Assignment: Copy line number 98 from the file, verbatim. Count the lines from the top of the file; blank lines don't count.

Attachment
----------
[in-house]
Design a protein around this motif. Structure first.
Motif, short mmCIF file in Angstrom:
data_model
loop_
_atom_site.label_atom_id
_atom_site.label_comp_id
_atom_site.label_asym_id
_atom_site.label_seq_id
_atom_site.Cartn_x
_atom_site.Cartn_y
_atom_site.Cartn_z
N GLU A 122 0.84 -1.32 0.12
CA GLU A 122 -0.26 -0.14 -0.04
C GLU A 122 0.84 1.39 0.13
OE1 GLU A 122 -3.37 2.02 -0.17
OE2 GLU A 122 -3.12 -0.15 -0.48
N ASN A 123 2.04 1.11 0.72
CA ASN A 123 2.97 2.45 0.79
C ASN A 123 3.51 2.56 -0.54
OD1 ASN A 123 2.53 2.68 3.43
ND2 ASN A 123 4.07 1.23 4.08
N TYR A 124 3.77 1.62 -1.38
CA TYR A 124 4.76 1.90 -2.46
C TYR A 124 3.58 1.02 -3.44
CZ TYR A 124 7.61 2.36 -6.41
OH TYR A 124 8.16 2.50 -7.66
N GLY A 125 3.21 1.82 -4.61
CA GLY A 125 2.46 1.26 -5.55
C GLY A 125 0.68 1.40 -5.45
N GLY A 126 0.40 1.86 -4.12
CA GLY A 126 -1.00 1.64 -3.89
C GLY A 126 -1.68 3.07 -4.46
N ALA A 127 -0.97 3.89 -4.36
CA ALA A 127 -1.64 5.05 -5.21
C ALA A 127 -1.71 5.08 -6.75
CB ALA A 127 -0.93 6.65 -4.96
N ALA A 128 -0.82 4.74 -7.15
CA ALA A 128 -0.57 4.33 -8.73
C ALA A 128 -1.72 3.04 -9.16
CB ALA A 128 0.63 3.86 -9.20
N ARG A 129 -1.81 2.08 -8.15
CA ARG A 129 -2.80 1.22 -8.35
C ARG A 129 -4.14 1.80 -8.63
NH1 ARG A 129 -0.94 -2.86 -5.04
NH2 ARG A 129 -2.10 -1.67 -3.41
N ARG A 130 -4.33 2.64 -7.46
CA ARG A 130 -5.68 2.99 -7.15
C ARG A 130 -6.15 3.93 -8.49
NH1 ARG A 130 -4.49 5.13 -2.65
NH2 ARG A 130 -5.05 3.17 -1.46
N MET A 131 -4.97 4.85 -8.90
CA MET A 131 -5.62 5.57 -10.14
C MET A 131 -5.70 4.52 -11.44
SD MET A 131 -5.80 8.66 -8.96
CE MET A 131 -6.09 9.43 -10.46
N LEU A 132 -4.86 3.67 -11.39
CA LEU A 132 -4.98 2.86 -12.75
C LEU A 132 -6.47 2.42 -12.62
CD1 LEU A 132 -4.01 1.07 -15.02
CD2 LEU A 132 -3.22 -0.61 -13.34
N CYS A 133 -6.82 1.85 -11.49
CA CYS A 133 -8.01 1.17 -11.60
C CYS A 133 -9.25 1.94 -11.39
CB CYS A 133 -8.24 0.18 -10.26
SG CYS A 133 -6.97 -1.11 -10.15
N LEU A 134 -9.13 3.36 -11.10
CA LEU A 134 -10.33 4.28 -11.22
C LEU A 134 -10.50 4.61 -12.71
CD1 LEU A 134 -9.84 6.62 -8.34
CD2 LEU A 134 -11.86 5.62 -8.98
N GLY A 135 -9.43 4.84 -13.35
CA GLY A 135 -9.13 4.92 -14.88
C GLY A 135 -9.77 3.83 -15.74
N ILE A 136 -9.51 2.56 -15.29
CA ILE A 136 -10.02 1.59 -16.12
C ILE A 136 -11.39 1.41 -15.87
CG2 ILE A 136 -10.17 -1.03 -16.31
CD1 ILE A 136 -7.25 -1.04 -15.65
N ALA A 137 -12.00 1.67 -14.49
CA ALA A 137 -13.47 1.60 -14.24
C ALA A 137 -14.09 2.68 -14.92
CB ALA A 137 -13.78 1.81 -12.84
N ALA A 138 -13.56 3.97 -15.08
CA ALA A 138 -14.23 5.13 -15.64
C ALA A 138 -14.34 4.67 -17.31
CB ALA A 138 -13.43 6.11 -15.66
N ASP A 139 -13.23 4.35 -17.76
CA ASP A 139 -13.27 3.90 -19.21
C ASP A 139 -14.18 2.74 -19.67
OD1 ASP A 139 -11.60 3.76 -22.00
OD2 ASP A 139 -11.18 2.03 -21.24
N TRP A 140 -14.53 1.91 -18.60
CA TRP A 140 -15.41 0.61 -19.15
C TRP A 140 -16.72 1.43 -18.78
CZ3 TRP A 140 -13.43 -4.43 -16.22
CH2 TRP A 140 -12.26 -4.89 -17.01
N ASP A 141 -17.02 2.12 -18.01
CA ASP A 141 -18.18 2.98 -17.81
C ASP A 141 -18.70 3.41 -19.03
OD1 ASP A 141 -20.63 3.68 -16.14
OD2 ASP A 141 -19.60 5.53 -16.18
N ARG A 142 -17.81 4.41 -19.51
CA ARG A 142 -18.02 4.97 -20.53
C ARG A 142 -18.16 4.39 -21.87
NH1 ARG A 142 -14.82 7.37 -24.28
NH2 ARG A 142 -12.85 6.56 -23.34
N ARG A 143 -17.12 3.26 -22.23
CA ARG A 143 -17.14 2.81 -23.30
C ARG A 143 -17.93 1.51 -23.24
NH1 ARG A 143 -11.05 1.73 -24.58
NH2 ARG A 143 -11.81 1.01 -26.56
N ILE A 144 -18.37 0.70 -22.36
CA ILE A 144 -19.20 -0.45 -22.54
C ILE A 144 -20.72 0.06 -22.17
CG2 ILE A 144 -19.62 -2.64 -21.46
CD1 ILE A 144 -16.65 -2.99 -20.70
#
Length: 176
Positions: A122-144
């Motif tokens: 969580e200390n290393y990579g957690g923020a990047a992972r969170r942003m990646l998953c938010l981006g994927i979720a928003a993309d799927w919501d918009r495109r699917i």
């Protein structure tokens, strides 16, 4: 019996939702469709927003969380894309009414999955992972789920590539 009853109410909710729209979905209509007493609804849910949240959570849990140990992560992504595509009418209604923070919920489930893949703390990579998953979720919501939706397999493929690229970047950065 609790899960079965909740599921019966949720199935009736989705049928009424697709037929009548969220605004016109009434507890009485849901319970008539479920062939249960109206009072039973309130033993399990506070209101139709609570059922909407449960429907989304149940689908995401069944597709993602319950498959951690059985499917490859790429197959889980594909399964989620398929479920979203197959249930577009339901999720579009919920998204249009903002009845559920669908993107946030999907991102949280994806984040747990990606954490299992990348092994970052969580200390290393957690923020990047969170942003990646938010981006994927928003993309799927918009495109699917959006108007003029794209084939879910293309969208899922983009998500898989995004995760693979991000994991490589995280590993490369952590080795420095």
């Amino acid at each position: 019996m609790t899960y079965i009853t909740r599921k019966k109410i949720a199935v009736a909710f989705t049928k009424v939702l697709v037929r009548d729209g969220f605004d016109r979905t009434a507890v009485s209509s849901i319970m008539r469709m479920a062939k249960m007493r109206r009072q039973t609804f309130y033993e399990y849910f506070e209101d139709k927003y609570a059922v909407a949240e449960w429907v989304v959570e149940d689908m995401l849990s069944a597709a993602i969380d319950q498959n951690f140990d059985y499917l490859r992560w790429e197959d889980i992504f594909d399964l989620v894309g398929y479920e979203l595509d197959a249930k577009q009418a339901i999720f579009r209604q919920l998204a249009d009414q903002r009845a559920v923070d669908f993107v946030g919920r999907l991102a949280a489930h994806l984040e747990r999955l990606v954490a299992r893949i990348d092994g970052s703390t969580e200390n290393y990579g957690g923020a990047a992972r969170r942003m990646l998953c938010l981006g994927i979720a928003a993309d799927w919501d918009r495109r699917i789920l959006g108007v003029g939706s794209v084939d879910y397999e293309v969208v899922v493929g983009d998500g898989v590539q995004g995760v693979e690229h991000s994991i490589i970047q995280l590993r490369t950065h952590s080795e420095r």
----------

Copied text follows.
N ASP A 141 -17.02 2.12 -18.01